Giving shoes in Peru
Alumna to be a giver in Peru
When TOMS Shoes emailed her about a contest last winter, Stephanie Jankov didn’t know if she should enter.
She had been introduced to the company by Jill Schlabach, her former Bluffton University roommate, and liked its practice of providing one free pair of shoes to a needy child for every pair purchased. She later incorporated that commitment to making a difference into her teaching of freshman English students at Shelby (Ohio) High School, even offering—and buying—TOMS shoes as an incentive for class projects.
Her students’ support would be “cool,” Jankov thought, if she tried to become one of the contest’s top 50 vote-getters, vying for a “Giving Trip” to help distribute shoes in Central or South America. But she also wondered what they would think if she entered and didn’t win—a prospect she didn’t like.
Her moment of clarity came when, in front of a student, she expressed doubt that people “dream big.” Slamming his fist on a table, the student replied, “You have to show us the way,” she remembers. “How do you say no to that?”
Buoyed by backing from the students and her school and college communities, the 2010 Bluffton alumna placed 49th among thousands of entrants in the contest and leaves Sept. 7 for a week of shoe-giving in Peru.
Jankov’s odyssey began with a 100-word entry on why she wanted to win. She also had to choose a word to complete the phrase, “Ticket to …”—she went with “awaken”—and submit accompanying photos. The phrase and photos—of her with students wearing the TOMS shoes she had bought for them—comprised an image on the company’s website, where visitors voted.
The 40 days of voting began March 3 and continued through April 12. During that time, she says, her students “rallied” for her by soliciting votes from upperclassmen, at high school baseball games and a Friday-night event that tied into the project, and via general canvassing of Shelby. “Everyone was so supportive,” adds Jankov, who lives in nearby Mansfield.
As the voting deadline neared at midnight Pacific time April 12—3 a.m. Eastern time—she fought to stay awake to see the results but fell asleep, she says, with her laptop computer in her lap. She stood 46th at that point, but when she woke up at 4 a.m., she couldn’t find if she had remained in the top 50. It wasn’t until later, when her father, Richard, called to say he had seen the final standings at 3 a.m., that she learned where she finished—one vote ahead of the contestant in 50th place and one more ahead of the person in 51st.
Notified the following Monday that she was a finalist, Jankov had to complete paperwork answering several questions, including whether she could handle the trip physically. The final confirmation of her participation then arrived by email while she was grading papers on Sunday night, May 19.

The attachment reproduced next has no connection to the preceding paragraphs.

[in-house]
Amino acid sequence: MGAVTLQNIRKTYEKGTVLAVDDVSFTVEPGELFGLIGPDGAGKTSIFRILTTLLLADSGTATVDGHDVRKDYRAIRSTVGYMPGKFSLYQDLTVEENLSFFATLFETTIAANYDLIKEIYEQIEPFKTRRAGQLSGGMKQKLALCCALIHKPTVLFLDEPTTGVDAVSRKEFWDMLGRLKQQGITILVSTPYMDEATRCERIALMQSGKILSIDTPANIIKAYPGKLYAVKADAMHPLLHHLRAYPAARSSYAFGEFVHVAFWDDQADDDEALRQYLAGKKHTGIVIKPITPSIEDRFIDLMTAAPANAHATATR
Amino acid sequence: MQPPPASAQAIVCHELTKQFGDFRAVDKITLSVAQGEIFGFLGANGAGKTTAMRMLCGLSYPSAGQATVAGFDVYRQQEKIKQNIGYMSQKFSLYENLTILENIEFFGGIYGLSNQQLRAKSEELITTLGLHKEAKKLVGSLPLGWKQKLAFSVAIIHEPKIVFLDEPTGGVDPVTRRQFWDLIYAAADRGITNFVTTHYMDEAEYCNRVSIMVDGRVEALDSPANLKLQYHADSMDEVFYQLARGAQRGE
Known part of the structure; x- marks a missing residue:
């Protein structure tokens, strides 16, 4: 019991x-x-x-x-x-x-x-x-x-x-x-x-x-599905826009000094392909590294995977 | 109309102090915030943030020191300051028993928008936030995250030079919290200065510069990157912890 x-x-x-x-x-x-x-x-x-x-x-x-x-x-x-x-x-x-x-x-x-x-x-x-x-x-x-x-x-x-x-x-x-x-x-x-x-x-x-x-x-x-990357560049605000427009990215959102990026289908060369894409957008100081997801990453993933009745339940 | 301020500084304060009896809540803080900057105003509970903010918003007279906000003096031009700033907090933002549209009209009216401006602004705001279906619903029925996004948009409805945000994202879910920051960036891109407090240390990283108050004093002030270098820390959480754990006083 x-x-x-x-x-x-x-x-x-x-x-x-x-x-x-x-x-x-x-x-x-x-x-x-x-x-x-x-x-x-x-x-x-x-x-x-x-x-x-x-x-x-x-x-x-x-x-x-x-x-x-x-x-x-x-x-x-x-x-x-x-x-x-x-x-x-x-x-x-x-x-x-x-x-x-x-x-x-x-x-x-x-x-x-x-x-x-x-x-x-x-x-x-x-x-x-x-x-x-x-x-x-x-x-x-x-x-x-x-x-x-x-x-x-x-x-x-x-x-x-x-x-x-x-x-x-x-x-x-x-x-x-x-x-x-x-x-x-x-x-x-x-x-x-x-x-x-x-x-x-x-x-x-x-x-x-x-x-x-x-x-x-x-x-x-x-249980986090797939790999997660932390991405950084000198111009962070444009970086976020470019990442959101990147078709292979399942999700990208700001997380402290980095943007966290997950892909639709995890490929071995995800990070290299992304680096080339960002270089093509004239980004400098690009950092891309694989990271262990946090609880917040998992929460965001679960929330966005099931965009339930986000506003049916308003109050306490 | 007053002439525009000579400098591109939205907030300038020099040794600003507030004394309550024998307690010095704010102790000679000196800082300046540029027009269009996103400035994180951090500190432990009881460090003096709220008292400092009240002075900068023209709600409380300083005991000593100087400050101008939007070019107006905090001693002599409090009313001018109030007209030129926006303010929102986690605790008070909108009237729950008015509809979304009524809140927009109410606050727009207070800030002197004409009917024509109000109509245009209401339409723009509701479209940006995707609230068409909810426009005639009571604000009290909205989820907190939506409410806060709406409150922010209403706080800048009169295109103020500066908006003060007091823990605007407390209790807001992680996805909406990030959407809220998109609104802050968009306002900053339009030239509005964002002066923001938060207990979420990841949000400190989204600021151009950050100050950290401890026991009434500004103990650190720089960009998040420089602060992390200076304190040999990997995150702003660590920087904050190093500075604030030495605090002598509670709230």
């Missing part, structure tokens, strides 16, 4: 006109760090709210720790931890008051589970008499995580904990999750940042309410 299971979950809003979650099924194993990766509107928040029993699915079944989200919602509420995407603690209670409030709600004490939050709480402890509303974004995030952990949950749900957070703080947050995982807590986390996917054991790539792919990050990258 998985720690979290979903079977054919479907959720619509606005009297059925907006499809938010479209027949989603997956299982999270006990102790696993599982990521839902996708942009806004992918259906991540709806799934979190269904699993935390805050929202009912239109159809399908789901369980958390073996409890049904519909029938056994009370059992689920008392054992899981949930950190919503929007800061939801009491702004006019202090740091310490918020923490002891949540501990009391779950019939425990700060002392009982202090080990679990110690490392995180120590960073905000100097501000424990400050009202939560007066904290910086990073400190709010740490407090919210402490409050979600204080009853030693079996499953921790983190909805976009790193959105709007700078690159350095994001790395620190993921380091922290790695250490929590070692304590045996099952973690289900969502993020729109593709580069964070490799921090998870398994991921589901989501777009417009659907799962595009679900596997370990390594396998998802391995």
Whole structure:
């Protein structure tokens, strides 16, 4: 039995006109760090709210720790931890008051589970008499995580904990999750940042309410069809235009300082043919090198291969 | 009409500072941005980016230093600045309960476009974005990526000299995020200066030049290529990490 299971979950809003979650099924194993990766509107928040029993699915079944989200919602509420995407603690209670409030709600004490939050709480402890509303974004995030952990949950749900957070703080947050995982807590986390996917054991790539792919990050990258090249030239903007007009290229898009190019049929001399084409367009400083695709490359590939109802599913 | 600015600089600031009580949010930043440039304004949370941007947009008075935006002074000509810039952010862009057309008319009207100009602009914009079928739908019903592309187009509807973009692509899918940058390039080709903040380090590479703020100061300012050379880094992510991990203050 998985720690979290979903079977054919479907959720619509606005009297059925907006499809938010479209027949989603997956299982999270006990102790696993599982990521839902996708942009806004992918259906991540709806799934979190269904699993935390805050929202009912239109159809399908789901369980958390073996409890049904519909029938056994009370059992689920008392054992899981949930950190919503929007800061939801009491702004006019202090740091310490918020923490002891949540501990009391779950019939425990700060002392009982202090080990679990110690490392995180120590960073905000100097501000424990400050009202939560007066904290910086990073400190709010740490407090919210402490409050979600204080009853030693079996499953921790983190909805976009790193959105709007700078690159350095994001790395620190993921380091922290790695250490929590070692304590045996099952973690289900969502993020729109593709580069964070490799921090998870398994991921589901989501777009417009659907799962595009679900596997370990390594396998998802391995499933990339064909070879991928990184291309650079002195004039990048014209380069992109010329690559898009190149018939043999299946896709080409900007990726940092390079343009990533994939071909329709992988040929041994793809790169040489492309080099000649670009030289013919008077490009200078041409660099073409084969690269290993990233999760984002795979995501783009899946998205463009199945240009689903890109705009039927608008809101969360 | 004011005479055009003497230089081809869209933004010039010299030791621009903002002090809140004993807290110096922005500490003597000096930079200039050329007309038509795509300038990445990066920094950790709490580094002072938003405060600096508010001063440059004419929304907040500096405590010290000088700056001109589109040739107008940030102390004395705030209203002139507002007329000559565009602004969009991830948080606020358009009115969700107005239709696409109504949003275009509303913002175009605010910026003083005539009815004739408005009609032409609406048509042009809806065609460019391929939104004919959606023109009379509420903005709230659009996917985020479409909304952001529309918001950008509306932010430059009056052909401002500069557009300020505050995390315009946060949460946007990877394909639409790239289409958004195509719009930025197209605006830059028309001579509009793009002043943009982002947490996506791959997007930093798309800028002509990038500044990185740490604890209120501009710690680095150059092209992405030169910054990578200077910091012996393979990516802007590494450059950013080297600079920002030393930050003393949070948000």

“This time, I was really in shock,” she says. “I couldn’t believe this happened.”
The next step was a June excursion to Los Angeles, where the contest winners heard the TOMS story and toured its headquarters, met company founder Blake Mycoskie and received training for their trips. Recalling employees’ passion for what they do, Jankov asserts “it’s for real, how much they care about making a difference in the world.”
“They spoiled us rotten,” she adds, noting the two pairs of shoes and other clothing everyone received, along with a check for $1,000.
The winners were divided into five groups for Giving Trips to Guatemala, Paraguay and Honduras, as well as two to Peru, between July and December. Jankov had learned shortly before leaving for Los Angeles in June that she would be going to Peru in September.
“I love traveling ... but I like traveling with a purpose even better,” says the Wooster, Ohio, native, who credits Bluffton with increasing her awareness of people who live without things—shoes included—that most Americans take for granted.
In Peru, Jankov’s group will work with Coprodeli, an organization that provides services such as education, housing, health care, food security and job training for poor families near the capital of Lima. Coprodeli is among TOMS’ “giving partners,” locals who assist with the logistics of distribution in the nearly 60 countries worldwide where shoes are given to children.
“I’m sure they’ll steal my heart,” she says about the recipients she will meet in Peru.
Her students at Shelby seem to have had a similar effect on Jankov, who is in her third year at the high school.
“They got me to do this,” she says, admitting that she was “very afraid,” but their faith in her—as well as her faith in God—convinced her to go through with it. She has since read on the class blog, and heard from parents at a recent school open house, how students were inspired by the project.
“It ended up being more about them than about me,” says their teacher, who hopes to blog from Peru so they can read what she’s doing there. “I’m really blessed to work here. These kids are great.”